​Tapping into the power of global Internet of Things - Top 3 questions to ask your team

For most business leaders, the question is not whether to adopt Internet of Things (IoT) solutions, but how best to use them.

Sandy Verma - Senior Director, IoT Strategy, Asia Pacific, AT&T​

Sandy Verma - Senior Director, IoT Strategy, Asia Pacific, AT&T​

For most business leaders, the question is not whether to adopt Internet of Things (IoT) solutions, but how best to use them.

What do you need to know to turn the IoT into a competitive advantage for your business?

The Internet of Things (IoT) is not new. Organisations began using sensing, diagnostic and communications equipment to track spacecraft, weather balloons, wild animals and other important ‘things’ more than two decades ago.

What is different today is the pace of IoT innovation, which is opening up new possibilities for a much wider range of businesses and industries.

According to AT&T’s latest Cybersecurity Insights report: “The CEO’s Guide to Securing IoT,” 85 percent of global organisations are considering or exploring an IoT strategy - one-quarter of these have already piloted or implemented IoT projects.

The promise of bottom-line benefits will continue to drive IoT adoption, but success is not as simple as just connecting devices to the Internet.

Asking the following three questions can help you ensure your team is on the right path.

1. How can we transform our business processes with IoT to deliver value?

Companies used to deploy IoT solutions to either improve efficiency or save cost.

With advances in information and communications technology, organisations can now look at IoT services as a way to increase customer satisfaction and enable new business models or revenue streams.

For example, water scarcity is intensifying worldwide. With rapid population growth and large-scale urbanisation, access to freshwater is only going to become more problematic in our region.

Smart city solutions that use IoT and acoustic technology to detect leaks in water mains are now being developed to help detect water loss and minimise damage caused by leaking pipes.

The aim is to be able to rapidly retrofit these new IoT solutions into existing mains networks to give communities greater visibility into their water supply and, in the longer term, to also motivate the public to conserve water.

As this shows, even complex legacy systems need not be a barrier to IoT success.

2. Will our IoT plans generate a real return?

It can be illuminating to look ahead to how your industry, customers and business may change in the next two to five years and to consider how the IoT can support these changes to deliver a real return.

In the logistics sector, overcapacity is expected to remain an issue in the next few years as Asia’s manufacturers cope with muted global trade and slower economic growth in China.

Transport providers are thus seeking a competitive edge by using connected devices to efficiently track shipments in the air or on land or sea, providing operational visibility and access to valuable real-time information.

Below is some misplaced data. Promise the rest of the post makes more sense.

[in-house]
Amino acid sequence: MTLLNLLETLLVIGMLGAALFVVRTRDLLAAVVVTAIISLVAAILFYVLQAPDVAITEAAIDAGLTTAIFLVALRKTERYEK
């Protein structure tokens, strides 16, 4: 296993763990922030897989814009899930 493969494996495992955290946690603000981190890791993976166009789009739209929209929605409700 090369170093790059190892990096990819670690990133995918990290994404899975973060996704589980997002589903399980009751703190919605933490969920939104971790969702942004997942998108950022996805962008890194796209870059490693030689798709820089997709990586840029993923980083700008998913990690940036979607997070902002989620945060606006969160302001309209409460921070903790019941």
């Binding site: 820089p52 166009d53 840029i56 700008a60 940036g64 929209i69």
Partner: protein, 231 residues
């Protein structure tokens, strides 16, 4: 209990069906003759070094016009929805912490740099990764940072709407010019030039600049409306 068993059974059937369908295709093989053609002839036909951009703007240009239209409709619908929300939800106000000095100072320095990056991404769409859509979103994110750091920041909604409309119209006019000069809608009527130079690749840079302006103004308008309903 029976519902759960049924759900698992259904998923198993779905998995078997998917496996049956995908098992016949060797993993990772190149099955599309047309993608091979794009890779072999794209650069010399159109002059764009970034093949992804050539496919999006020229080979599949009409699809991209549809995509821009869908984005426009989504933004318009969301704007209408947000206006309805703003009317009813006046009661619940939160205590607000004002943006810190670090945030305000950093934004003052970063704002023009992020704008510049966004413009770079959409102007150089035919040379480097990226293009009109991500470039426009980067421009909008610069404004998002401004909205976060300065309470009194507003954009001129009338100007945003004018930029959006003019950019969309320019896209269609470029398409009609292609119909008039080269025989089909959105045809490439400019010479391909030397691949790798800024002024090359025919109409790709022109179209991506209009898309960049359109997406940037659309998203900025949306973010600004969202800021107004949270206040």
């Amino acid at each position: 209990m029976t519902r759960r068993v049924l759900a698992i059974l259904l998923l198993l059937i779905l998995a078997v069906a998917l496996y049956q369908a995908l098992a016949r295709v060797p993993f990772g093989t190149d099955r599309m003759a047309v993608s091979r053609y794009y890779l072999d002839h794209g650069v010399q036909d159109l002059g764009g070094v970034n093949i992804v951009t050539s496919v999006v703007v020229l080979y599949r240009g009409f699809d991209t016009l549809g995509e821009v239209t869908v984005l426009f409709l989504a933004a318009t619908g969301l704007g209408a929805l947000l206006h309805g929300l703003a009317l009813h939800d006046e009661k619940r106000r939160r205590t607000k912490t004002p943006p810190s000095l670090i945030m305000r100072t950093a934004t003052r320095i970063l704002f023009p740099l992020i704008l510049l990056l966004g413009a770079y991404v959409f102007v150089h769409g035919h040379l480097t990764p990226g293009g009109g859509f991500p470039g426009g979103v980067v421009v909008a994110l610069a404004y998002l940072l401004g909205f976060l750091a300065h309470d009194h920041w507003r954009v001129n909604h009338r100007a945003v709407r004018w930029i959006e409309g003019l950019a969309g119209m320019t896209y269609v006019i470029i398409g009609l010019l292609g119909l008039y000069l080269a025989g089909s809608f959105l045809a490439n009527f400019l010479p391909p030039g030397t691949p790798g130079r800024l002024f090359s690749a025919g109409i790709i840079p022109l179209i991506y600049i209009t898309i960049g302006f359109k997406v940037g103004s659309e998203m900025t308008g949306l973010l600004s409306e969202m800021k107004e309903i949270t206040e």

In a 2014 global survey of shippers and logistics providers by EyeForTransport Reports and AT&T, 80 percent of companies seeking to expand their existing IoT solutions expected to see a return on their new deployments within two years.

As a business leader, you understand your industry and your customers, and you know which connections will drive maximum value for your business.

What you are unlikely to have is the in-house talent to design, test and build IoT solutions that leverage this knowledge.

Since the IoT decisions you make today will impact your business tomorrow, it makes sense to access expert outside help and use your resources strategically.

3. What security risks do our IoT deployments bring, and how will we mitigate them?

While cybersecurity is already top of mind for many organisations, IoT deployments can amplify the risks.

For a start, the scale of connected devices greatly increases the complexity of cybersecurity and the volume of data that needs protecting.

The challenge intensifies as IoT devices are deployed to control infrastructure, such as factory operations and supply chains.

The connected car is one example of IoT that many of us will directly experience. Machina Research estimates that there were about 125 million IoT connections in the global automotive sector by the end of 2014. By 2024, this will have grown to 1.2 billion.

The world is welcoming IoT-connected cars and their promise to improve safety, reduce operational costs and streamline traffic flow.

However, the possibility that a hacker may be able to unlock and enable a car’s ignition, or remotely take over mission-critical systems such as brakes or steering, is too frightening to ignore.

The answer, for the automotive sector and other industries, is to build multiple layers of security controls into IoT devices and their connecting networks.

In the connected car, this will mean separating critical safety systems and engine control units from infotainment and tethered device connections.

Here, as in all industries, the entire IoT ecosystem will need to be involved from the start; security has to encompass not just your own devices, data and applications, but those of your partners and customers as well.

Focusing on IoT as a strategic advantage

The technical and security challenges of an IoT implementation can be considerable, but they are not insurmountable.

For most companies, putting time and effort into achieving the strategic advantages that IoT can bring will deliver great value for your organisation, even in light of these challenges.

Finding a skilled and experienced partner to help you manage your devices, connectivity, platforms and applications can lead to a successful IoT experience.

By Sandy Verma - Senior Director, IoT Strategy, Asia Pacific, AT&T

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